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UN rights chief calls for international inquiry into Sri Lanka war crimes

UN High Commissioner for Human Rights Navi Pillay [official website] on Monday called for an international investigation [report, DOC] into possible war crimes committed by both sides during the 25-year Sri Lankan civil war that ended in May 2009. Citing an alleged failure of domestic authorities to properly investigate and prosecute alleged war crimes, Pillay reportedly stated [Reuters report] that an independent international inquiry is necessary to bring perpetrators to justice. While expressing concern over the lack of investigation into crimes committed during the conflict, Pillay also brought attention to crimes that have perpetuated past the end of the conflict including violence against women and religious minorities. Sri Lankan authorities have rejected [Al Jazeera report] the calls for international inquiry, defending their country's own processes. President Mahinda Rajapaksa issued a set of comments to Pillay's report, reportedly referring to the recommendations for inquiry as, "arbitrary, intrusive and of a political nature." This report comes in advance of a UN Human Rights Council debate in March, where the US is expected to introduce resolutions against Sri Lanka to put pressure on the government to comply with any investigation attempts.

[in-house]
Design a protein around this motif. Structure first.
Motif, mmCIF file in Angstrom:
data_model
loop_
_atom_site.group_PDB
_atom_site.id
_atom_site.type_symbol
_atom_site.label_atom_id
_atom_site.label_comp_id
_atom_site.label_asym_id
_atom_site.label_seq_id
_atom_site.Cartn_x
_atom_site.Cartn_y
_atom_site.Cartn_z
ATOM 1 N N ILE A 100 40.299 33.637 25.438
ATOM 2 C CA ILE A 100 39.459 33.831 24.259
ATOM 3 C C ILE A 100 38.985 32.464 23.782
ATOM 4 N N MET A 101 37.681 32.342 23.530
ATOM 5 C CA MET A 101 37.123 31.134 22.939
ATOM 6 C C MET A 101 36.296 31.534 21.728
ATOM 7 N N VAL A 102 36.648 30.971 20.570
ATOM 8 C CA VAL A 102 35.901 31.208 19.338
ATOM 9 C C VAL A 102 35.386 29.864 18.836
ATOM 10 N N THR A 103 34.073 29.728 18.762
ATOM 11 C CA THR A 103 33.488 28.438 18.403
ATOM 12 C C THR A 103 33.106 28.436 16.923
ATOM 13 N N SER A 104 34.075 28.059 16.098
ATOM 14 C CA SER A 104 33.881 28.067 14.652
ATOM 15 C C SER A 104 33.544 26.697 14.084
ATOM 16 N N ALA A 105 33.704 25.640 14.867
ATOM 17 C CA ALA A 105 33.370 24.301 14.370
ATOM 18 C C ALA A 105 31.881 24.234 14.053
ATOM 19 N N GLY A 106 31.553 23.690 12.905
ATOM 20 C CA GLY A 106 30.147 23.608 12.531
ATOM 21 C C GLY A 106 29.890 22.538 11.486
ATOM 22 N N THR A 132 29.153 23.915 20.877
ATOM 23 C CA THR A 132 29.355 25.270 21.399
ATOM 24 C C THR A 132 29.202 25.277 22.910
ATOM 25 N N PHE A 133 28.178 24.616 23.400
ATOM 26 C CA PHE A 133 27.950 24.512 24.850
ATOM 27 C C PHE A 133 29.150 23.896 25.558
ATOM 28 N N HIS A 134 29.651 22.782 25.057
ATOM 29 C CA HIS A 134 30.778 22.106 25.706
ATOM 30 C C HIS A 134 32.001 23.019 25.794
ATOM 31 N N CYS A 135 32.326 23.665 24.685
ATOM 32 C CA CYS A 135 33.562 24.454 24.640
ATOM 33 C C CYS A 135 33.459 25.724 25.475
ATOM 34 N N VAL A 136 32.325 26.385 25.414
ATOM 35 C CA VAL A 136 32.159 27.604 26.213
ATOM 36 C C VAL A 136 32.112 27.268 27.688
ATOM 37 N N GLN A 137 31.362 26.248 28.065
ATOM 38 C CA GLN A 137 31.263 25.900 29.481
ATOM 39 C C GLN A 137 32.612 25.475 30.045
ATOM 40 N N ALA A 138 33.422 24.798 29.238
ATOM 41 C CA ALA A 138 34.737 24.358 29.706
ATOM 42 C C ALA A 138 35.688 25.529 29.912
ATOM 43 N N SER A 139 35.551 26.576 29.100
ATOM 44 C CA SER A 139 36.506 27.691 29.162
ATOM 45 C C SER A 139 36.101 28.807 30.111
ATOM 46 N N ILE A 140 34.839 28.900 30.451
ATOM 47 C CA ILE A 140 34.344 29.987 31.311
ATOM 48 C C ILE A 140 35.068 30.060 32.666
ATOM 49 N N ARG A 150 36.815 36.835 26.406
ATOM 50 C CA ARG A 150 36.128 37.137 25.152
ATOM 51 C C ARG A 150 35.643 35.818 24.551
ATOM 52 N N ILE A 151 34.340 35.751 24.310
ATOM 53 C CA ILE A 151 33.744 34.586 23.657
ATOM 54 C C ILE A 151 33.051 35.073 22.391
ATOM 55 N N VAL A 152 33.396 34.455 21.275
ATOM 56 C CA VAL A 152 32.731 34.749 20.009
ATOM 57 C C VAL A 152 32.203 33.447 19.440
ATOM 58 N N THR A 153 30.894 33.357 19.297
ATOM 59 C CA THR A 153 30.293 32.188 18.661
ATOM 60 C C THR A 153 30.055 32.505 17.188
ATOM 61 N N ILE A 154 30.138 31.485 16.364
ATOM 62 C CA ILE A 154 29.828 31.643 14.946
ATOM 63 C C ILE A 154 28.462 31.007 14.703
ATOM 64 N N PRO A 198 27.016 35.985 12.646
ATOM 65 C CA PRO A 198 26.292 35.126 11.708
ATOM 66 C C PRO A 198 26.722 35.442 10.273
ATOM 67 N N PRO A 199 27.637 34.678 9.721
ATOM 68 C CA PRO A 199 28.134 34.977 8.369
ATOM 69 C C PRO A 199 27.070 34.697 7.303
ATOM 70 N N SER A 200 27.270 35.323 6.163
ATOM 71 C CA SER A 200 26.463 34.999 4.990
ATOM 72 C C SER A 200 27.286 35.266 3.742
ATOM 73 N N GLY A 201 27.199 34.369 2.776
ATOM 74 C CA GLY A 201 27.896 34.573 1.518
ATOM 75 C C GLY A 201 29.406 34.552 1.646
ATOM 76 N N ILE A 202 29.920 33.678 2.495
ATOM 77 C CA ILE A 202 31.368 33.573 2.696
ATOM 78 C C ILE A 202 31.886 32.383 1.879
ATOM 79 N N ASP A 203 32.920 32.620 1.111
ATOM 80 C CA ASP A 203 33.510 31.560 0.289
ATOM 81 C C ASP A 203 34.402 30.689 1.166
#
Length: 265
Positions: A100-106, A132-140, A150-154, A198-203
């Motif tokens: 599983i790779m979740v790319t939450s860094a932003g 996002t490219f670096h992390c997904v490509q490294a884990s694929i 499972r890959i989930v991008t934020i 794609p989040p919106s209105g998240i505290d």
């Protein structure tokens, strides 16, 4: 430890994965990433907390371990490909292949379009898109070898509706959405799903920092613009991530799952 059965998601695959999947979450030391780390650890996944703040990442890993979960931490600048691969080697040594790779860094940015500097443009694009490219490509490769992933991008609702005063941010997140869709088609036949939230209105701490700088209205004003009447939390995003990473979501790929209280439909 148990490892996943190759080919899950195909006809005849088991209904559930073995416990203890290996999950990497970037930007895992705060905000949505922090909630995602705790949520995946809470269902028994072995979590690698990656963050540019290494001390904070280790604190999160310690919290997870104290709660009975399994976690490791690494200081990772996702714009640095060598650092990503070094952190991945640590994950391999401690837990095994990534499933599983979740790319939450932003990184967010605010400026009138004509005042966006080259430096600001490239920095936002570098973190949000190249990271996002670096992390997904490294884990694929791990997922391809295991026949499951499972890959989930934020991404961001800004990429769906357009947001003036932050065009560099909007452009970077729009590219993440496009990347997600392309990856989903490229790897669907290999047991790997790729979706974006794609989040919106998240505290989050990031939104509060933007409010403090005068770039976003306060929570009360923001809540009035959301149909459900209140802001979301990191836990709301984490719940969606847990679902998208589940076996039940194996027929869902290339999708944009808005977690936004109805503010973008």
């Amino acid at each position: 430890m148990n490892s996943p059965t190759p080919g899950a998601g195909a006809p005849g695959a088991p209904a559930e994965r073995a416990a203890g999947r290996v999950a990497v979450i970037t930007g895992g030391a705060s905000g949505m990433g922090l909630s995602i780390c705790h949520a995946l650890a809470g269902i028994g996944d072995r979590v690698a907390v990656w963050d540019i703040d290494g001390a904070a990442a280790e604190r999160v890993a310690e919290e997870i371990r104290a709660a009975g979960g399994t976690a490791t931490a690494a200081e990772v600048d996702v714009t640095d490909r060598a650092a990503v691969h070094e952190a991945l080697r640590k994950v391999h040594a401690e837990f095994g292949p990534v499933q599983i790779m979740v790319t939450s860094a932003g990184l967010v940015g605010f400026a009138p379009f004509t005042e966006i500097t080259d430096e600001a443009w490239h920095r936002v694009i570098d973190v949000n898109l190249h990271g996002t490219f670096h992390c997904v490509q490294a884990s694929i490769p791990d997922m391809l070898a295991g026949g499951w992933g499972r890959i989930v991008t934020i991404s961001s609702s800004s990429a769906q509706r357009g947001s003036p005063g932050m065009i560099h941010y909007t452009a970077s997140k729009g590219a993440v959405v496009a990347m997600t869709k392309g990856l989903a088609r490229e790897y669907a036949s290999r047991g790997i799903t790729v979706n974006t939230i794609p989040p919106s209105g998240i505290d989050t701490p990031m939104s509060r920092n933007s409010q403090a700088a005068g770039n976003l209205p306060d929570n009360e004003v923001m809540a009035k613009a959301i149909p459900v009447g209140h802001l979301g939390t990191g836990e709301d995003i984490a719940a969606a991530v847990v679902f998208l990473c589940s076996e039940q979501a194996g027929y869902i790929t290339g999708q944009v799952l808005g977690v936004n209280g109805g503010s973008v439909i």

An advance copy of the report was sent [JURIST report] to the Sri Lankan government on February 16 without any immediate response. This came just three days after the United National Party, Sri Lanka's main opposition group issued [JURIST report] a statement demanding a domestic investigation into war crimes perpetrated on both sides of the conflict. On February 5 an independent report by the Australian legal advocacy group Public Interest Advocacy Center was released [JURIST report] detailing reports of bombing civilian targets, extrajudicial executions, denial of humanitarian aid, and sexual violence. The report will be incorporated into the upcoming presentation before the Human Rights Council. After concluding a fact-finding mission to the country the US Ambassador to Sri Lanka on January 13 issued a statement calling [JURIST report] on the government to investigate and prosecute reports of human rights abuses during and since the conflict. Pillay's report comes [JURIST report] as a result of her August 2013 trip to the country to ascertain whether the government had complied with international human rights standards in its investigations.

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